In addition to what you put on your skin in the form of sunscreen and moisturizers, you can also protect your skin by what you put inside your body in the form of nutrition. This is nothing new as Chinese Medicine has recognized for ages that when the water element (yin) and the fire element (yang) are out of balance leaning more to the fire side, the skin shows signs such as pimples as a form of inflammation, redness and itchiness. Drinking more water is a natural solution to re-balancing these elements and hydrating internally can ease peeling, cracking, redness and itching caused by dry skin. While drinking water hydrates you from the inside, a good vitamin rich moisturizer can help hydrate skin on the outside. Inflammation can also be the result of sensitivities to foods, stress, hormones out of balance and poor diet. There are foods for healthy skin that can support your immune system to reduce inflammation, detoxify your body and fight off free radicals. Experts list certain vitamins, minerals and other nutrients as being able to nourish skin whether eaten in foods, supplements or applied to the outside of the body in lotions. Lisa Drayer, R.D., author of The Beauty Diet, says that skin can't look and be at its healthiest without the nutrients that it needs from foods and Georgiana Donadio, PhD, DC, MSc, founder and director of the National Institute of Whole Health in Boston agrees that foods for healthy skin included in your diet will keep skin healthy and will benefit your overall health. Here are some of the major types of foods experts recommend adding to your diet for good skin.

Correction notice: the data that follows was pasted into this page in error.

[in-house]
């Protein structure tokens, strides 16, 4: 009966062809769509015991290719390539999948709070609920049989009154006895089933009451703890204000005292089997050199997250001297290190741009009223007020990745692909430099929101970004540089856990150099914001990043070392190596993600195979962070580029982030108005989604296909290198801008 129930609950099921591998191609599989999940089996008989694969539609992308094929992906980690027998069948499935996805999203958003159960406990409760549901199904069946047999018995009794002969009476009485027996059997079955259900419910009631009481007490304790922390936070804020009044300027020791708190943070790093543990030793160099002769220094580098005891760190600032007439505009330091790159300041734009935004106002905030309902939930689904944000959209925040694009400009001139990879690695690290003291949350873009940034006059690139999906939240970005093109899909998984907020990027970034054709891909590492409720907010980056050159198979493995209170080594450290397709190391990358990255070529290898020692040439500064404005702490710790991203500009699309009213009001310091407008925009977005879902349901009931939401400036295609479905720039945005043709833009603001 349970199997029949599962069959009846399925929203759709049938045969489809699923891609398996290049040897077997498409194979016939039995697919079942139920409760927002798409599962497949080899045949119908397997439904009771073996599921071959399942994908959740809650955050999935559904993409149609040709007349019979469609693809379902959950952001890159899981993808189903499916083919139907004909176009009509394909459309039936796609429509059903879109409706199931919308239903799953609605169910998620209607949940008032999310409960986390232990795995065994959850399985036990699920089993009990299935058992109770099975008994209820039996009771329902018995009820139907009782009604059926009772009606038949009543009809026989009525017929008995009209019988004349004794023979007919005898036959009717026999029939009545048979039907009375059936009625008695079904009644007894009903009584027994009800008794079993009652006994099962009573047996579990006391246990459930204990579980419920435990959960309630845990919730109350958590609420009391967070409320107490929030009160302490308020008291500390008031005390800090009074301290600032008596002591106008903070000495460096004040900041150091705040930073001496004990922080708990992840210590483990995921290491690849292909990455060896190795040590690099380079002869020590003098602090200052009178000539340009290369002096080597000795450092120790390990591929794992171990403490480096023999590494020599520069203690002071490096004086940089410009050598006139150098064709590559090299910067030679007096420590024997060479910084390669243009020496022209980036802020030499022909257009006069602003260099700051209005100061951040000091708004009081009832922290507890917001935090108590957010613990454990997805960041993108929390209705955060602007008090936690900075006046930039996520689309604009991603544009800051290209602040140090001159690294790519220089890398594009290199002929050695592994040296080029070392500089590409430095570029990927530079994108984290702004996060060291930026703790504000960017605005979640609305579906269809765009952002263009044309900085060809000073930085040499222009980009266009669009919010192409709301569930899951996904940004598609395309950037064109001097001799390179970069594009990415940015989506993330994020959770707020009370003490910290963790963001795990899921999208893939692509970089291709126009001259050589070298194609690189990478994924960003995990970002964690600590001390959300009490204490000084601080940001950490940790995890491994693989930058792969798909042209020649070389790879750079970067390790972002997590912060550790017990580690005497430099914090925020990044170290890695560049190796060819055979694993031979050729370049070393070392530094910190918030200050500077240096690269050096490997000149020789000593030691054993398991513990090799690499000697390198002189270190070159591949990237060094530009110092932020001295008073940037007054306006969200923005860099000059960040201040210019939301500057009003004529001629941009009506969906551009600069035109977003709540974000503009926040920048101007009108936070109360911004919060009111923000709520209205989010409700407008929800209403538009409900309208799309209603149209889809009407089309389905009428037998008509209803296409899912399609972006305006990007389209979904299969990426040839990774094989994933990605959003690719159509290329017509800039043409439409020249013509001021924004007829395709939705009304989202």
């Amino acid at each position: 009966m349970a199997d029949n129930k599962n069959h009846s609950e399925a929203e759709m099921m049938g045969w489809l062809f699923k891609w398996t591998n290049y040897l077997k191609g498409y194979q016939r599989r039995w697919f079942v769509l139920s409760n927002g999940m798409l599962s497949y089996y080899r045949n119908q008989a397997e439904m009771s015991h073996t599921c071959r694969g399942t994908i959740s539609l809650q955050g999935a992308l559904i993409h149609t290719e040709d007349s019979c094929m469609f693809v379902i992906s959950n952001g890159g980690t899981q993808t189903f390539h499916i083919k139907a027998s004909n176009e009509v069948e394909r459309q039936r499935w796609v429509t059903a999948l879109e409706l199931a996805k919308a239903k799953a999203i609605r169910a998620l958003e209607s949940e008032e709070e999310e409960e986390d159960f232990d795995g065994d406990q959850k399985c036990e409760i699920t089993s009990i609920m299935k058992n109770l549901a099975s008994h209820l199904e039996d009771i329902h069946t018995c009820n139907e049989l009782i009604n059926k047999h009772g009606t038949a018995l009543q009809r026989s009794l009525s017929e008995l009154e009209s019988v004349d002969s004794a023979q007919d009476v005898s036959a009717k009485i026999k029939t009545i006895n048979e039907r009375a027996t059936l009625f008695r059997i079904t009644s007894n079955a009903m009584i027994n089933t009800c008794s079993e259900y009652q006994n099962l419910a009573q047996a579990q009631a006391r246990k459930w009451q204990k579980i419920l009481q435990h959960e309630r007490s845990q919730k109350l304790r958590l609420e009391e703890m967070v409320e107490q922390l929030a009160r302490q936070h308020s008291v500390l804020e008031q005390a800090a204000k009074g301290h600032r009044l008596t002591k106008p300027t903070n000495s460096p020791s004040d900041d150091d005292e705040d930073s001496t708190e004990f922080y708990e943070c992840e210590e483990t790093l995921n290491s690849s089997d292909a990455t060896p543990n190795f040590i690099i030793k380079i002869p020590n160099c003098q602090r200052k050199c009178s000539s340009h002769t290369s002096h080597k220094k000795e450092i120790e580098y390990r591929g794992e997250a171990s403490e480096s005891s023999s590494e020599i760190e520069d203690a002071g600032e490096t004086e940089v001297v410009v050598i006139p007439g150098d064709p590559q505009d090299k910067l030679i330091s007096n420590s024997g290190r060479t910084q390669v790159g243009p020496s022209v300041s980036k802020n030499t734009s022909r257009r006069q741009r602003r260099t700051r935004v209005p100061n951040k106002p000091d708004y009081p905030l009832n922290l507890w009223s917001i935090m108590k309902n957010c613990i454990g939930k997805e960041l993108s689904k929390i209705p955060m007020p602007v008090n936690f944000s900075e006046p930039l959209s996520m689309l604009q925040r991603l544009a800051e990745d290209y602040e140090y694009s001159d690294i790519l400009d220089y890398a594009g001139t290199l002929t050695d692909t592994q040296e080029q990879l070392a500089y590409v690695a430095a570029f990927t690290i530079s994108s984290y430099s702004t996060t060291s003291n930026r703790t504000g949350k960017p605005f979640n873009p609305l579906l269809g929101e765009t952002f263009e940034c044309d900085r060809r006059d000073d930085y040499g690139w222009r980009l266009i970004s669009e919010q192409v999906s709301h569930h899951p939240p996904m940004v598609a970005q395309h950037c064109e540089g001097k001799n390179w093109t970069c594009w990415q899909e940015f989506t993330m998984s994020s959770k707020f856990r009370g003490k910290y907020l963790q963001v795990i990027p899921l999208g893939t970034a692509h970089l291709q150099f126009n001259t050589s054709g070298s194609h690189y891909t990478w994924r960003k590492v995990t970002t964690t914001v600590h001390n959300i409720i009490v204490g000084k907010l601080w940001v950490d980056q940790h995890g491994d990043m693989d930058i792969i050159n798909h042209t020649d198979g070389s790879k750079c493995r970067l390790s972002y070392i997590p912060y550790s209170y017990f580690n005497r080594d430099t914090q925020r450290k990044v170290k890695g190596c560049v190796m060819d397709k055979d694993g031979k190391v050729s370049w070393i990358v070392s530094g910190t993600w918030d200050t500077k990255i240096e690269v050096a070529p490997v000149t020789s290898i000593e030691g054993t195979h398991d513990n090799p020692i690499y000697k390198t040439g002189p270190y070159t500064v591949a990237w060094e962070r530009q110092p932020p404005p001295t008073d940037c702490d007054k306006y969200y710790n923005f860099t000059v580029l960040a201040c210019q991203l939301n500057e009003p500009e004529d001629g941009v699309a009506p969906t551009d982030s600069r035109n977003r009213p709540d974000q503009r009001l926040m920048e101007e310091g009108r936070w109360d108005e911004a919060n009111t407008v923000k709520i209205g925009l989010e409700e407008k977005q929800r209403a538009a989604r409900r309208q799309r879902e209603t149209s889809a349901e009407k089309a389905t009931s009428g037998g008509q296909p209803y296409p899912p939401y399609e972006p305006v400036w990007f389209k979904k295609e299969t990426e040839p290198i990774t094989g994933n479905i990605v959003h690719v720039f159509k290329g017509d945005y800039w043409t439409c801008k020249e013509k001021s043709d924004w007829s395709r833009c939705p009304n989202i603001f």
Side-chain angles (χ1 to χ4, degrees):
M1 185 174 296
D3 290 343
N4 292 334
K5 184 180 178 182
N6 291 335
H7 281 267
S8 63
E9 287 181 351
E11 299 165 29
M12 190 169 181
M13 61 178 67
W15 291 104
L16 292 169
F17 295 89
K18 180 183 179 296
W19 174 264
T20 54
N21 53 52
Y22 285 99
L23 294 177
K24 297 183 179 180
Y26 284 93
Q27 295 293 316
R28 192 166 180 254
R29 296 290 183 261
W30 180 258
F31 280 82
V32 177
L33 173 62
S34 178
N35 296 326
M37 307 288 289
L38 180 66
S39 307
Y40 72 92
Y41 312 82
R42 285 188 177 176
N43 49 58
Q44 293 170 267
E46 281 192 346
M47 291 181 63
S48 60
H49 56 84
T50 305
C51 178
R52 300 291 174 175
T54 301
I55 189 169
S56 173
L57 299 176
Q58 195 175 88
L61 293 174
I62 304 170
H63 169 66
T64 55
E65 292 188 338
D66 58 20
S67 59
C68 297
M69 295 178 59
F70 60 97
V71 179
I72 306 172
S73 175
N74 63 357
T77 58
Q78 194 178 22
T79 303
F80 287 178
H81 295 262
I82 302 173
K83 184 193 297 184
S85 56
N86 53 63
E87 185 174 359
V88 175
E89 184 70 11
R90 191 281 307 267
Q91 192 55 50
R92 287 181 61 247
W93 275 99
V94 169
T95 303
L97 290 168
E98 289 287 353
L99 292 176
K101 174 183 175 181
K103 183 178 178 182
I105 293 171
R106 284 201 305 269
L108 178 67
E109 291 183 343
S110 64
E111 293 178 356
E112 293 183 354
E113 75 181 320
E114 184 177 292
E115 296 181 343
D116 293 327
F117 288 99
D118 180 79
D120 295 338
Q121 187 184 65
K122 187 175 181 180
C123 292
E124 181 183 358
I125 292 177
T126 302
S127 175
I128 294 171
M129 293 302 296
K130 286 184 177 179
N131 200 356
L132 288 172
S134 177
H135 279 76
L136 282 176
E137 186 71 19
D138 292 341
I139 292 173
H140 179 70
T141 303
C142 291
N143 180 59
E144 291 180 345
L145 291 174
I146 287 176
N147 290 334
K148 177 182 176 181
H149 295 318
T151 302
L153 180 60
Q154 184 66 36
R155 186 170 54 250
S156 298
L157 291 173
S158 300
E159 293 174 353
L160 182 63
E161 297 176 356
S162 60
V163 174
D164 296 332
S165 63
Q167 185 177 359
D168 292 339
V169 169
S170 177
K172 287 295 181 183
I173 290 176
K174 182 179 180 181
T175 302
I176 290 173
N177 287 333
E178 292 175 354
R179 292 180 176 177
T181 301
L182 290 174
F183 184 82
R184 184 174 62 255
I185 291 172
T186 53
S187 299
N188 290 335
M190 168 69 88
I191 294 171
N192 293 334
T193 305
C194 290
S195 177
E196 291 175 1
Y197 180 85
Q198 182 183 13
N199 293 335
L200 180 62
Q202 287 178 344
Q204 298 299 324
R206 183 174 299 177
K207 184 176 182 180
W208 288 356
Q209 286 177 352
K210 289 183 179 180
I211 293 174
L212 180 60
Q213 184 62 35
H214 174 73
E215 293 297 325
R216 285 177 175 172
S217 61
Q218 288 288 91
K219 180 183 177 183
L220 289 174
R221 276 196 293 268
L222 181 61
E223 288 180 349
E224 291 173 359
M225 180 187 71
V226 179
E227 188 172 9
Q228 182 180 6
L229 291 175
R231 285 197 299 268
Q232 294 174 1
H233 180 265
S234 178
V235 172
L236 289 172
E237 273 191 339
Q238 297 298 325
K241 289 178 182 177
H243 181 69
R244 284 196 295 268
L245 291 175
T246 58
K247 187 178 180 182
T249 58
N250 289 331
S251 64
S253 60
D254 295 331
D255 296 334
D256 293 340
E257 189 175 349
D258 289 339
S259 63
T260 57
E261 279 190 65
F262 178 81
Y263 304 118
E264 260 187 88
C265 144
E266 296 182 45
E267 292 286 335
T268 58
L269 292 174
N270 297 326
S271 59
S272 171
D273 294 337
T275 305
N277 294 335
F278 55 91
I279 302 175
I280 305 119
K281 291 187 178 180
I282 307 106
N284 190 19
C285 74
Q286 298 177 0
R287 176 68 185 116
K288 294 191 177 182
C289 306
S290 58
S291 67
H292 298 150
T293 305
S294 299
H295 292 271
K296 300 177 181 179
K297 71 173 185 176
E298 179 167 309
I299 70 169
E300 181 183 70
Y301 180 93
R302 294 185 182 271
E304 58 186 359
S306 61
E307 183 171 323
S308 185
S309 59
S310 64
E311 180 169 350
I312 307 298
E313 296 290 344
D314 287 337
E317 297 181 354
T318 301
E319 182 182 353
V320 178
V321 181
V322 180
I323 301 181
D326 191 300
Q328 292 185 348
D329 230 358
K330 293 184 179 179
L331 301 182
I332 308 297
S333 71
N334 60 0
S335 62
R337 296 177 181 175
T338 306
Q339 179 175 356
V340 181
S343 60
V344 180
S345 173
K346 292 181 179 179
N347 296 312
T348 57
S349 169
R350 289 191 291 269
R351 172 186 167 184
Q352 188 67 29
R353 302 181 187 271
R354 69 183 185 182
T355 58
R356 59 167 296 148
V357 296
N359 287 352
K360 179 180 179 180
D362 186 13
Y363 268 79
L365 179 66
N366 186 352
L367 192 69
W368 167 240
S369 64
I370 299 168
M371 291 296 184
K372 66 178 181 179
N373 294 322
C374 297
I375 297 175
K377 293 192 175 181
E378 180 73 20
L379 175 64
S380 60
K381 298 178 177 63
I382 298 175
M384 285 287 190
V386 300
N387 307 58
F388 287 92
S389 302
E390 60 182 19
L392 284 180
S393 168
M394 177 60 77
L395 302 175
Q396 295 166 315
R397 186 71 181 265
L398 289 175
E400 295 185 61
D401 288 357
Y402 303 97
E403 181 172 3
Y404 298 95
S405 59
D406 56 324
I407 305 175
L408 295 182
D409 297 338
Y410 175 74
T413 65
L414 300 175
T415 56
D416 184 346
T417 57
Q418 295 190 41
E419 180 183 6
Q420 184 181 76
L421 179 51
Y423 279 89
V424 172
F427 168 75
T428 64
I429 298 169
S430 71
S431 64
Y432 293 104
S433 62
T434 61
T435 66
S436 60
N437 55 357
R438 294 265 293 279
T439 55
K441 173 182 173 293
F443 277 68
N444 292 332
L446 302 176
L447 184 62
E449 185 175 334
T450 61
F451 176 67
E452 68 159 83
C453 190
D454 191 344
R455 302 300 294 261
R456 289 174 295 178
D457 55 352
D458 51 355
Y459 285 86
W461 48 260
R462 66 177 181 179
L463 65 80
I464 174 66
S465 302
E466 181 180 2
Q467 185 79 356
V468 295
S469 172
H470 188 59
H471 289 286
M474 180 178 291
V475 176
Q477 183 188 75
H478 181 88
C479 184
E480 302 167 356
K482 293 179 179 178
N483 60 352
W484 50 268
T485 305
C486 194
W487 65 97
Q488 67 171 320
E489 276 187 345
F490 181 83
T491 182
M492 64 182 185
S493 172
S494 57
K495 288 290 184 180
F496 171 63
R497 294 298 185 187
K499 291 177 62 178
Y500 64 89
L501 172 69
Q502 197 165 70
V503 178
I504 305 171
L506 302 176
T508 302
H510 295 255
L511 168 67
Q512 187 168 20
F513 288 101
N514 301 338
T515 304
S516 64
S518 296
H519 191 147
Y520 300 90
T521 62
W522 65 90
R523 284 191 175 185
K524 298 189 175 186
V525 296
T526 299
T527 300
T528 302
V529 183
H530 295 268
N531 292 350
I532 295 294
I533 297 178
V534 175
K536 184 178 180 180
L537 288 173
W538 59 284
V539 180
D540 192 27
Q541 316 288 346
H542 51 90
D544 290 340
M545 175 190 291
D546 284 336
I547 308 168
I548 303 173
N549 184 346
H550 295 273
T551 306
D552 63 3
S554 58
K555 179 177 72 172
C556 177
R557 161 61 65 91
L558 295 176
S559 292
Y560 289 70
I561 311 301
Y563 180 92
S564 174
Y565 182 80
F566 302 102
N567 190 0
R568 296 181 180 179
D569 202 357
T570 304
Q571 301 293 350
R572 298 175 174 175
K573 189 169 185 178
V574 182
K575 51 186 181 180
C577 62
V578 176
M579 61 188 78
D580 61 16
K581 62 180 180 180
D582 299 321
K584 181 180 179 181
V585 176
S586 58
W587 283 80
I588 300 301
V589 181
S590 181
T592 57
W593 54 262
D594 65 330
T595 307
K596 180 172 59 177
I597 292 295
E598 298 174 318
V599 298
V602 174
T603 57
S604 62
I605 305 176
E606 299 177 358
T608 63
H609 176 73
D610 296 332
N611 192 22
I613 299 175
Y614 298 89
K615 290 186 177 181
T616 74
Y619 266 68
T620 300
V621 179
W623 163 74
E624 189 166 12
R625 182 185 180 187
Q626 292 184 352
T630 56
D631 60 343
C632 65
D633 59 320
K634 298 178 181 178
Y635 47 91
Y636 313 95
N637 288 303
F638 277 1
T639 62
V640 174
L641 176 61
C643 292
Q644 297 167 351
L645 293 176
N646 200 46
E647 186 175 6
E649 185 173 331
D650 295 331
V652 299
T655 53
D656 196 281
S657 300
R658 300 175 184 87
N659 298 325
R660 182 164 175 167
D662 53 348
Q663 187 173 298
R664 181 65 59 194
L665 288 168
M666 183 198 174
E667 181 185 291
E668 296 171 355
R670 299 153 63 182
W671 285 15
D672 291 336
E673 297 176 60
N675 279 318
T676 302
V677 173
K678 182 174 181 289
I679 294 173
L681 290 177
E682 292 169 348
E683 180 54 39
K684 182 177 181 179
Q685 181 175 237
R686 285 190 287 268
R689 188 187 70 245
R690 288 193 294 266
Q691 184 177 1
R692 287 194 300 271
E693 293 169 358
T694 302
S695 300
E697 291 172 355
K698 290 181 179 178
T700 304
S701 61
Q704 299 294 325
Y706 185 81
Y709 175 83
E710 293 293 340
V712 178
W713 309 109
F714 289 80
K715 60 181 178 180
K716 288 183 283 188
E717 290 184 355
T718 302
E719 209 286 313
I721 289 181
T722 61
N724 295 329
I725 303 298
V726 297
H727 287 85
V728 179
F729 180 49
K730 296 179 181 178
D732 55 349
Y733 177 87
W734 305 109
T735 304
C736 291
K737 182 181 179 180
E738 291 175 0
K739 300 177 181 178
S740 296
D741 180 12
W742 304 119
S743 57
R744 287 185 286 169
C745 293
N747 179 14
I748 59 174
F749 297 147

If you could only make one change in your diet to help your skin, adding antioxidant foods would be the change to make. Antioxidants protect against cell damage from free radicals and can help repair damage they have caused. The older we get, the more important this is since cells don't repair themselves as well as we age. Alpha-Lipoic Acid (ALA) is a super antioxidant that unlike most other antioxidants, is able to penetrate oil and water which allows it to work on skin cells inside and outside the body. The body produces small amounts itself, it can be taken as a supplement, is found in skin creams and is in small amounts in foods such as meats, broccoli, spinach and brewer's yeast. Lycopene is another excellent antioxidant for protection from sun damage and is found in tomatoes and watermelon. Studies show that cooking tomatoes in olive oil provides more protection than raw tomatoes. Watermelon is also higher in lycopene than raw tomatoes and of course needs no cooking to increase its benefits. Green tea contains catechins that help reduce inflammation and the risk of cancers. The Journal of Nutritional Biochemistry reported a study in 2007 finding that two to six cups a day reduces the risk of skin cancer and can help reverse damage from the sun to skin. Dark chocolate is a rich source of flavonols that can help keep skin smooth and protect it from damaging rays from the sun. Vitamin C found in such foods as sweet potatoes, Bell pepper, oranges, strawberries and broccoli is vital in the production of collagen. A study in The American Journal of Clinical Nutrition reported participants getting 4 milligrams of vitamin C a day over a 3 year period had 11% less wrinkles. Berries not only have the antioxidant power of vitamin C to fight off free radicals and produce collagen, but also adds to your hydration. Cherries are another fruit that is especially good for skin as its antioxidants help in the production of melatonin that protects the skin from UV rays and aids in producing new cells. The antioxidants in pomegranates are not only effective in protecting against sun damage, but also in renewing cells and protecting collagen. Vitamin E is another important antioxidant for skin protection and fighting off free radicals and is found in vegetable oils, nuts, seeds, olives, spinach, and asparagus. Vitamin A from foods with beta-carotene such as dark green leafy vegetables like spinach, liver, sweet potatoes, carrots and eggs helps in repairing skin tissue. The B vitamin, biotin, is also a must for good skin. The beneficial bacteria in our guts produce biotin so supporting the probiotics in our intestines like acidophilus and bifidus is important. Food sources for biotin include AFA blugreen alage, brown rice, bananas, oatmeal, mushrooms, eggs, and liver. Niacin is another B vitamin that you often find in skin lotions because it helps keep moisture in skin and has anti-inflammatory properties.